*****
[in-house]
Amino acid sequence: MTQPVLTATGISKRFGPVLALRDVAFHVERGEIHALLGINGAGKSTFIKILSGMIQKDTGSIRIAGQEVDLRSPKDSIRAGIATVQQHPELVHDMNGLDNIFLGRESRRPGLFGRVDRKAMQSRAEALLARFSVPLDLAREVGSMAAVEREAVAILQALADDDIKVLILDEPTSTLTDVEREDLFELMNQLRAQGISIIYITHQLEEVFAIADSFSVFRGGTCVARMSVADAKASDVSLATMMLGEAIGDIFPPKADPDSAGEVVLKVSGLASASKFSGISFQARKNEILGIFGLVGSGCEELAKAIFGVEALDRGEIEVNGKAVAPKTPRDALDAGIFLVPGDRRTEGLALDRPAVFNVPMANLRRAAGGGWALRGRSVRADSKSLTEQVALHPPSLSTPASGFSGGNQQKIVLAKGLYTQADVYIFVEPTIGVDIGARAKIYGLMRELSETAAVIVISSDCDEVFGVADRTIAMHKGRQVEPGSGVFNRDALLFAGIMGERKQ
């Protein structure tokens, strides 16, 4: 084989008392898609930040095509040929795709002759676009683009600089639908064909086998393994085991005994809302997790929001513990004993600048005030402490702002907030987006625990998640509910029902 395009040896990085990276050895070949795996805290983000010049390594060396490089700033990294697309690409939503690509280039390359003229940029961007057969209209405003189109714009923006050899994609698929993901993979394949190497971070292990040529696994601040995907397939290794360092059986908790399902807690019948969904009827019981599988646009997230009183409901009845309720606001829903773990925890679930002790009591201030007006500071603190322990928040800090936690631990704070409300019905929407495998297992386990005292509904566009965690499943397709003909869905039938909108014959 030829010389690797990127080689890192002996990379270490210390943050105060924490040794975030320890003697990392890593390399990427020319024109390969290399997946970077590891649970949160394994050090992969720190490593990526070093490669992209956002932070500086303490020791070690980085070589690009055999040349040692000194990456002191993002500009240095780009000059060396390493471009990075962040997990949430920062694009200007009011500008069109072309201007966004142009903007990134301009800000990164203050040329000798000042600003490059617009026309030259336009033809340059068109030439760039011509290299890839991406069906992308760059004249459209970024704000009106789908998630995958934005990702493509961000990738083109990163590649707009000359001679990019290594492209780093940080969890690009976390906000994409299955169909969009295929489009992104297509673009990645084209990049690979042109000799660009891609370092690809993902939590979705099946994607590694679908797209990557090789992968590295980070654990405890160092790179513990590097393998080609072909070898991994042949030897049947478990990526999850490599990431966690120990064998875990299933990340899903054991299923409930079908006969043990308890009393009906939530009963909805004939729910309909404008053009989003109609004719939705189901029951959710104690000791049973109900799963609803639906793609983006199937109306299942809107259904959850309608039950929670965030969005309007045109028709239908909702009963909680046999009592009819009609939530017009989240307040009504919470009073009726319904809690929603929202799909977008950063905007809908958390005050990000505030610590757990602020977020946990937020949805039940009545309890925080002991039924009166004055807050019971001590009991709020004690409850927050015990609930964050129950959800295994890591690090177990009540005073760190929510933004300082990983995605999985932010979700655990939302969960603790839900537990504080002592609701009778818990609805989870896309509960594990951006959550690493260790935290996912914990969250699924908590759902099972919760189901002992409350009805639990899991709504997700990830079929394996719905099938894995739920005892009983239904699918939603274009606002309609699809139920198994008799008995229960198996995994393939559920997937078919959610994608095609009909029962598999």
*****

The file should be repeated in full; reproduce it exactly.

[in-house]
Amino acid sequence: MTQPVLTATGISKRFGPVLALRDVAFHVERGEIHALLGINGAGKSTFIKILSGMIQKDTGSIRIAGQEVDLRSPKDSIRAGIATVQQHPELVHDMNGLDNIFLGRESRRPGLFGRVDRKAMQSRAEALLARFSVPLDLAREVGSMAAVEREAVAILQALADDDIKVLILDEPTSTLTDVEREDLFELMNQLRAQGISIIYITHQLEEVFAIADSFSVFRGGTCVARMSVADAKASDVSLATMMLGEAIGDIFPPKADPDSAGEVVLKVSGLASASKFSGISFQARKNEILGIFGLVGSGCEELAKAIFGVEALDRGEIEVNGKAVAPKTPRDALDAGIFLVPGDRRTEGLALDRPAVFNVPMANLRRAAGGGWALRGRSVRADSKSLTEQVALHPPSLSTPASGFSGGNQQKIVLAKGLYTQADVYIFVEPTIGVDIGARAKIYGLMRELSETAAVIVISSDCDEVFGVADRTIAMHKGRQVEPGSGVFNRDALLFAGIMGERKQ
């Protein structure tokens, strides 16, 4: 084989008392898609930040095509040929795709002759676009683009600089639908064909086998393994085991005994809302997790929001513990004993600048005030402490702002907030987006625990998640509910029902 395009040896990085990276050895070949795996805290983000010049390594060396490089700033990294697309690409939503690509280039390359003229940029961007057969209209405003189109714009923006050899994609698929993901993979394949190497971070292990040529696994601040995907397939290794360092059986908790399902807690019948969904009827019981599988646009997230009183409901009845309720606001829903773990925890679930002790009591201030007006500071603190322990928040800090936690631990704070409300019905929407495998297992386990005292509904566009965690499943397709003909869905039938909108014959 030829010389690797990127080689890192002996990379270490210390943050105060924490040794975030320890003697990392890593390399990427020319024109390969290399997946970077590891649970949160394994050090992969720190490593990526070093490669992209956002932070500086303490020791070690980085070589690009055999040349040692000194990456002191993002500009240095780009000059060396390493471009990075962040997990949430920062694009200007009011500008069109072309201007966004142009903007990134301009800000990164203050040329000798000042600003490059617009026309030259336009033809340059068109030439760039011509290299890839991406069906992308760059004249459209970024704000009106789908998630995958934005990702493509961000990738083109990163590649707009000359001679990019290594492209780093940080969890690009976390906000994409299955169909969009295929489009992104297509673009990645084209990049690979042109000799660009891609370092690809993902939590979705099946994607590694679908797209990557090789992968590295980070654990405890160092790179513990590097393998080609072909070898991994042949030897049947478990990526999850490599990431966690120990064998875990299933990340899903054991299923409930079908006969043990308890009393009906939530009963909805004939729910309909404008053009989003109609004719939705189901029951959710104690000791049973109900799963609803639906793609983006199937109306299942809107259904959850309608039950929670965030969005309007045109028709239908909702009963909680046999009592009819009609939530017009989240307040009504919470009073009726319904809690929603929202799909977008950063905007809908958390005050990000505030610590757990602020977020946990937020949805039940009545309890925080002991039924009166004055807050019971001590009991709020004690409850927050015990609930964050129950959800295994890591690090177990009540005073760190929510933004300082990983995605999985932010979700655990939302969960603790839900537990504080002592609701009778818990609805989870896309509960594990951006959550690493260790935290996912914990969250699924908590759902099972919760189901002992409350009805639990899991709504997700990830079929394996719905099938894995739920005892009983239904699918939603274009606002309609699809139920198994008799008995229960198996995994393939559920997937078919959610994608095609009909029962598999």